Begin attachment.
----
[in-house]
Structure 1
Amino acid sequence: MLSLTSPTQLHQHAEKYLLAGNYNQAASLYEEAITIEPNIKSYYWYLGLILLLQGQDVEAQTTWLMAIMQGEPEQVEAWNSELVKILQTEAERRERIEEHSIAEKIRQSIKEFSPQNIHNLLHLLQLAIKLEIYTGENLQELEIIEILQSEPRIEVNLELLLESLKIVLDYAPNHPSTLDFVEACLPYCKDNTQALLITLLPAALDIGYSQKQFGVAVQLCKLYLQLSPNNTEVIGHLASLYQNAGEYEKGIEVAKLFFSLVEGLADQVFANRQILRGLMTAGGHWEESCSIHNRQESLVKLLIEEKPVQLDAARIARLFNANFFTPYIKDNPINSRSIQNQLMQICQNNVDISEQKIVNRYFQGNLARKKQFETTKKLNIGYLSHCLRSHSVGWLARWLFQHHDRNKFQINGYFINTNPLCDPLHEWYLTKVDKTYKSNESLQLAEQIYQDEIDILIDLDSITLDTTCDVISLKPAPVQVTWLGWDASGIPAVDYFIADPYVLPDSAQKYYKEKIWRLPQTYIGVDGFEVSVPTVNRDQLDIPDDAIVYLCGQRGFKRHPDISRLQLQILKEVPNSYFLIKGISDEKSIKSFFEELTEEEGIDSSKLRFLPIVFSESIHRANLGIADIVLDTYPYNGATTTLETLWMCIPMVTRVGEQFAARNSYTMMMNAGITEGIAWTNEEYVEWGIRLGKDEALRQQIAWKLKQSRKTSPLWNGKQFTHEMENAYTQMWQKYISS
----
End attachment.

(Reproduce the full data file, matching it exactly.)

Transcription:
[in-house]
Structure 1
Amino acid sequence: MLSLTSPTQLHQHAEKYLLAGNYNQAASLYEEAITIEPNIKSYYWYLGLILLLQGQDVEAQTTWLMAIMQGEPEQVEAWNSELVKILQTEAERRERIEEHSIAEKIRQSIKEFSPQNIHNLLHLLQLAIKLEIYTGENLQELEIIEILQSEPRIEVNLELLLESLKIVLDYAPNHPSTLDFVEACLPYCKDNTQALLITLLPAALDIGYSQKQFGVAVQLCKLYLQLSPNNTEVIGHLASLYQNAGEYEKGIEVAKLFFSLVEGLADQVFANRQILRGLMTAGGHWEESCSIHNRQESLVKLLIEEKPVQLDAARIARLFNANFFTPYIKDNPINSRSIQNQLMQICQNNVDISEQKIVNRYFQGNLARKKQFETTKKLNIGYLSHCLRSHSVGWLARWLFQHHDRNKFQINGYFINTNPLCDPLHEWYLTKVDKTYKSNESLQLAEQIYQDEIDILIDLDSITLDTTCDVISLKPAPVQVTWLGWDASGIPAVDYFIADPYVLPDSAQKYYKEKIWRLPQTYIGVDGFEVSVPTVNRDQLDIPDDAIVYLCGQRGFKRHPDISRLQLQILKEVPNSYFLIKGISDEKSIKSFFEELTEEEGIDSSKLRFLPIVFSESIHRANLGIADIVLDTYPYNGATTTLETLWMCIPMVTRVGEQFAARNSYTMMMNAGITEGIAWTNEEYVEWGIRLGKDEALRQQIAWKLKQSRKTSPLWNGKQFTHEMENAYTQMWQKYISS